Print Friendly
A Penny War Drives Delhi's Deadly Streets

1451690300_03060b5a45.jpg
One of Delhi’s many Blueline buses. Photo by vm2827 of Flickr.

On October 27th one of Delhi’s Blueline buses, widely referred to as “killer buses,” struck and killed a young boy of just 11 years, the 100th pedestrian to be killed by an errant Blueline bus this year. Days before the boy’s death, a Blueline bus struck two cyclists, both carpenters returning from work, leaving one dead and the other injured. Following the incident an angry mob torched the bus in protest, but the driver came away unscathed, having fled the scene of the collision. He has since been arrested, as have many of the other Blueline drivers who have been involved in the numerous deaths plaguing Delhi’s streets.

In an effort to crack down on collisions, the police are now impounding buses driven in a reckless manner and arresting rouge drivers. But is this enough to make Blueline buses safe for the city streets? Or is there something systemic going on here that pressures the drivers to behave recklessly? After all, buses run by the state, which pays drivers a fixed wage, have only caused upwards of 25 deaths this year, a mere fraction of those caused by Blueline.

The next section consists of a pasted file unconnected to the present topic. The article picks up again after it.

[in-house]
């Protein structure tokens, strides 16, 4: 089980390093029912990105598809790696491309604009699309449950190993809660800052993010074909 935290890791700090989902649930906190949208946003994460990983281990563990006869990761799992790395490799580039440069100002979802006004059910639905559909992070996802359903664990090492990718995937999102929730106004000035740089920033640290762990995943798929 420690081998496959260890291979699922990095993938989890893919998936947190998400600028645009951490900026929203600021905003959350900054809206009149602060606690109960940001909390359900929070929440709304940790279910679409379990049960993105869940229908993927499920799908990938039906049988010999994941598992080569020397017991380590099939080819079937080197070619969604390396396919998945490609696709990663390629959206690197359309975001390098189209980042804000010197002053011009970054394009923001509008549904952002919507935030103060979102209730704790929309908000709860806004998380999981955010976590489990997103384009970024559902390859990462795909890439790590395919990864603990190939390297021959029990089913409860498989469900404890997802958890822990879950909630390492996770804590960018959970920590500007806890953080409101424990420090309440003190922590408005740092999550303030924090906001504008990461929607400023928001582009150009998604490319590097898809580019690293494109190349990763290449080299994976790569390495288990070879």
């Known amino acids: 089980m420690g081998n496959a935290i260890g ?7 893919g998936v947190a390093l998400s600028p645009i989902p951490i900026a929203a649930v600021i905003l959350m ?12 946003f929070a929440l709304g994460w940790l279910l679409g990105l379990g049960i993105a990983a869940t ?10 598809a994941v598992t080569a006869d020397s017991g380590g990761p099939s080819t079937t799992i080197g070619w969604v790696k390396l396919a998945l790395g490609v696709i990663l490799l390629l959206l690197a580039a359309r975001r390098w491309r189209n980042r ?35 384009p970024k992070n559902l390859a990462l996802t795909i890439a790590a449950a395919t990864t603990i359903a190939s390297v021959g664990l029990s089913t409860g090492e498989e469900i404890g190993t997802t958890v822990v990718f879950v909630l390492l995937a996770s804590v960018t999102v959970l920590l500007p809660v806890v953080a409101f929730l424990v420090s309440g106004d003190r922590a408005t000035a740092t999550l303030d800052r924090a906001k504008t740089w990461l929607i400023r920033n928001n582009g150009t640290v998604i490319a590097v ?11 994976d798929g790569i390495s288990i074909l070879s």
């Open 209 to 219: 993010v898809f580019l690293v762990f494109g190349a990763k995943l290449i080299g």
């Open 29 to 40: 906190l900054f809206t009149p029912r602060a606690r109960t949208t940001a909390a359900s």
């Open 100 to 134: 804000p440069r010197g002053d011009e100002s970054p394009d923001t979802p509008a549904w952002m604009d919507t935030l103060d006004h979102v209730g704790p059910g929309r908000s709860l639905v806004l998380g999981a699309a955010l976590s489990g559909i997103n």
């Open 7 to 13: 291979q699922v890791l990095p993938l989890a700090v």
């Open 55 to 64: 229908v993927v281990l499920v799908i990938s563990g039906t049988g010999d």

Doing a little bit of research I’ve learned that Blueline is engaged in what transportation planners call “The Penny War,” or the cut throat competition to pick up as many passengers as possible in order to maximize profits. Simply put, it’s a clear cut case of perverse incentives. When drivers are paid based on the number of passengers they pick up it’s in their rational self-interest to speed, cut people off, and weave through traffic just to pick up that extra passenger, especially when profits are so meager that every passenger counts. Needless to say, it’s this reckless driving that causes so many accidents. Mahesh Kumar, a Blueline driver puts in succinctly, telling the New York Times that, “We have to drive fast to earn more money.”

It’s as simple as that.


Stay tuned, Dario Hidalgo will be writing a follow up to this piece to explain what can be done to change the incentive structure and make “The Penny War” a thing of the past. But if you want to hear his ideas now, can you check out his paper that explains how Bogota, Colombia overcame a similar problem through the implementation of a BRT system.

Oh, there’s also a Blueline bus blog, if you’re interested.

Print Friendly